Every time I’m having a bad week, and I’m just a bit over it, life smacks me in the face by making me drive around for 15 minutes looking for a parking space. All that effort, just so that I can be somewhere that I’d rather I weren’t.
But life has a way of balancing things out. In this case, I got a nice graph out of it. Silver linings.
Everyone likes different things, and that’s okay.
The important thing is to recognise that some people will find things interesting, which you have no interest in whatsoever, and vice versa. This is important, and probably very advantageous from an evolutionary point of view. No-one can be an expert at everything, so it helps if we specialise, and if we all liked the same things, no-one would do the other stuff.
All of the foregoing is so that when I say that on my recent holiday I did some recreational maths, you won’t give me a hard time about it. The maths I did is here: Time required to drain a tank
While there are plenty of references for the simplest form of this calculation, what you get here is:
- A complete derivation
- Inclusion of friction losses through fittings and valves
- Consideration of non-atmospheric (pressurised) tanks
- Not having to wade through forum posts of vague queries, unhelpful half-answers, and opinions from people who don’t really understand physics (and probably shouldn’t be on that sort of forum to begin with).
I’ve also updated my menu bar at the top of the page, to try to make some of my questionable content easier to access.
Hopefully soon I’ll make time to do a few more posts, but since that involves actually finishing some of my projects so that I have something to blog about, it might be a couple of weeks before I have anything really interesting to say.
There are many traits that are prevalent amongst engineers (there are plenty of jokes about this, normally told with glee by lesser humans), but i think there is possibly only one which appears to be universal:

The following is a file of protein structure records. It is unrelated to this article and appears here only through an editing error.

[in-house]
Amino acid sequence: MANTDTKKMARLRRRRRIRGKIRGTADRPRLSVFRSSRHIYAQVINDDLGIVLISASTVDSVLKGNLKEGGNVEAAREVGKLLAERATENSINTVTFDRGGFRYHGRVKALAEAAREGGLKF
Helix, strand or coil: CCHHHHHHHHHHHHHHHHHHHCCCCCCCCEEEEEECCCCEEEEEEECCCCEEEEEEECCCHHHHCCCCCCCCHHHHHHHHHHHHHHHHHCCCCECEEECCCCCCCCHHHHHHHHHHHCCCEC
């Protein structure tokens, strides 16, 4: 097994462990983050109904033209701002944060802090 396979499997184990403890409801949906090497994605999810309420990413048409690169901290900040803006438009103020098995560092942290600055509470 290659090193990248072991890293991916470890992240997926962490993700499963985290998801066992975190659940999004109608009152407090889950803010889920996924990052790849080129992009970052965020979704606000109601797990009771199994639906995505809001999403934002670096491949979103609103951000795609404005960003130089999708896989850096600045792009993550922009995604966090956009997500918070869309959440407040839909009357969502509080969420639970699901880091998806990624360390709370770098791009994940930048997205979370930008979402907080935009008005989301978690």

We love free food.
Most engineers are honest people, who are not open to corruption, but they will do things for food that they would never do for money. As a result, it is common practise for equipment suppliers to come in to our offices to present “lunch and learn” sessions. While these sessions aren’t going to sway us to use a certain product (we are generally, after all, technophiles, and will always go for the technically superior product), the mention of a free lunch does ensure that the vendors get a room full of engineers who are too busy eating to ask annoying questions.
After these lunch and learns, we will discuss the merits of the presentation amongst ourselves: starting with the quality of the food, then on to the quality of the equipment being demonstrated.
But when you get engineers doing technical evaluations on food… weird things happen…
I was telling my wife about one such Lunch-and-learn, and the duck & coleslaw bagel that I ate:
“You know what the best thing about a good bagel is?” I asked her, as we ate dinner.
“What?” She asked, and really should have known better.
“The bit in the middle where there is a hole in the bagel, but the filling continues… actually, there’s probably a graph for that…” I mused.
“You don’t need to graph it, baby” she said, wishing she wasn’t just dead wrong.
“Oh yes, my little turnip. Yes I do…” I turned to the whiteboard on our kitchen wall…
I present to you… The Bagel Graph
(Filling as a ratio to bagel bread. Apologies for the quality of the graph, I tried to sketch it as neatly as I could on my smartphone).